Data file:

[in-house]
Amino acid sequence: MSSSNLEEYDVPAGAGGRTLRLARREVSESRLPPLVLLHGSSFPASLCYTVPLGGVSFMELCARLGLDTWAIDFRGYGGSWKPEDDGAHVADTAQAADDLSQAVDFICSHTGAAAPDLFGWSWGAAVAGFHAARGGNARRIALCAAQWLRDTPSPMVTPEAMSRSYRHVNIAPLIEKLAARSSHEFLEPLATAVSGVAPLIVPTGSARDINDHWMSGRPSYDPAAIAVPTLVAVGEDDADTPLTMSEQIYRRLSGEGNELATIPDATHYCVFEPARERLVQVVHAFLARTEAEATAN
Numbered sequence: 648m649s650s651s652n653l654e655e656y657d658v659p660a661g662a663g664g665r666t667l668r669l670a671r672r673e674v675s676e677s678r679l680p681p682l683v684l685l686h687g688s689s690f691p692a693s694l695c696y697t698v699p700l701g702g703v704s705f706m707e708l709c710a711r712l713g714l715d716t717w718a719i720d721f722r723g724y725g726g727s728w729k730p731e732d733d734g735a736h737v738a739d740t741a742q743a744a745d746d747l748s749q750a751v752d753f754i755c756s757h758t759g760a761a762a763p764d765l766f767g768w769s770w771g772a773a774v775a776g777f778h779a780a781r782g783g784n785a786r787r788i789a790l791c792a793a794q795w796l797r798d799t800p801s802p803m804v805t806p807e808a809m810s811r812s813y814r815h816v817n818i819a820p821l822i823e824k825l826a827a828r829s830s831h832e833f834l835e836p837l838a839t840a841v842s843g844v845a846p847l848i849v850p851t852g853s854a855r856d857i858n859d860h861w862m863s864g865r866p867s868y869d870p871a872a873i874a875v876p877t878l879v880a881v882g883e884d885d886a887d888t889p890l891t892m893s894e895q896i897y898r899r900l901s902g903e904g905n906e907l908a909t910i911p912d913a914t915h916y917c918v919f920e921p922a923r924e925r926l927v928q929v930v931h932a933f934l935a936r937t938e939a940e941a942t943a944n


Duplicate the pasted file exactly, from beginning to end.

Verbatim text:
[in-house]
Amino acid sequence: MSSSNLEEYDVPAGAGGRTLRLARREVSESRLPPLVLLHGSSFPASLCYTVPLGGVSFMELCARLGLDTWAIDFRGYGGSWKPEDDGAHVADTAQAADDLSQAVDFICSHTGAAAPDLFGWSWGAAVAGFHAARGGNARRIALCAAQWLRDTPSPMVTPEAMSRSYRHVNIAPLIEKLAARSSHEFLEPLATAVSGVAPLIVPTGSARDINDHWMSGRPSYDPAAIAVPTLVAVGEDDADTPLTMSEQIYRRLSGEGNELATIPDATHYCVFEPARERLVQVVHAFLARTEAEATAN
Numbered sequence: 648m649s650s651s652n653l654e655e656y657d658v659p660a661g662a663g664g665r666t667l668r669l670a671r672r673e674v675s676e677s678r679l680p681p682l683v684l685l686h687g688s689s690f691p692a693s694l695c696y697t698v699p700l701g702g703v704s705f706m707e708l709c710a711r712l713g714l715d716t717w718a719i720d721f722r723g724y725g726g727s728w729k730p731e732d733d734g735a736h737v738a739d740t741a742q743a744a745d746d747l748s749q750a751v752d753f754i755c756s757h758t759g760a761a762a763p764d765l766f767g768w769s770w771g772a773a774v775a776g777f778h779a780a781r782g783g784n785a786r787r788i789a790l791c792a793a794q795w796l797r798d799t800p801s802p803m804v805t806p807e808a809m810s811r812s813y814r815h816v817n818i819a820p821l822i823e824k825l826a827a828r829s830s831h832e833f834l835e836p837l838a839t840a841v842s843g844v845a846p847l848i849v850p851t852g853s854a855r856d857i858n859d860h861w862m863s864g865r866p867s868y869d870p871a872a873i874a875v876p877t878l879v880a881v882g883e884d885d886a887d888t889p890l891t892m893s894e895q896i897y898r899r900l901s902g903e904g905n906e907l908a909t910i911p912d913a914t915h916y917c918v919f920e921p922a923r924e925r926l927v928q929v930v931h932a933f934l935a936r937t938e939a940e941a942t943a944n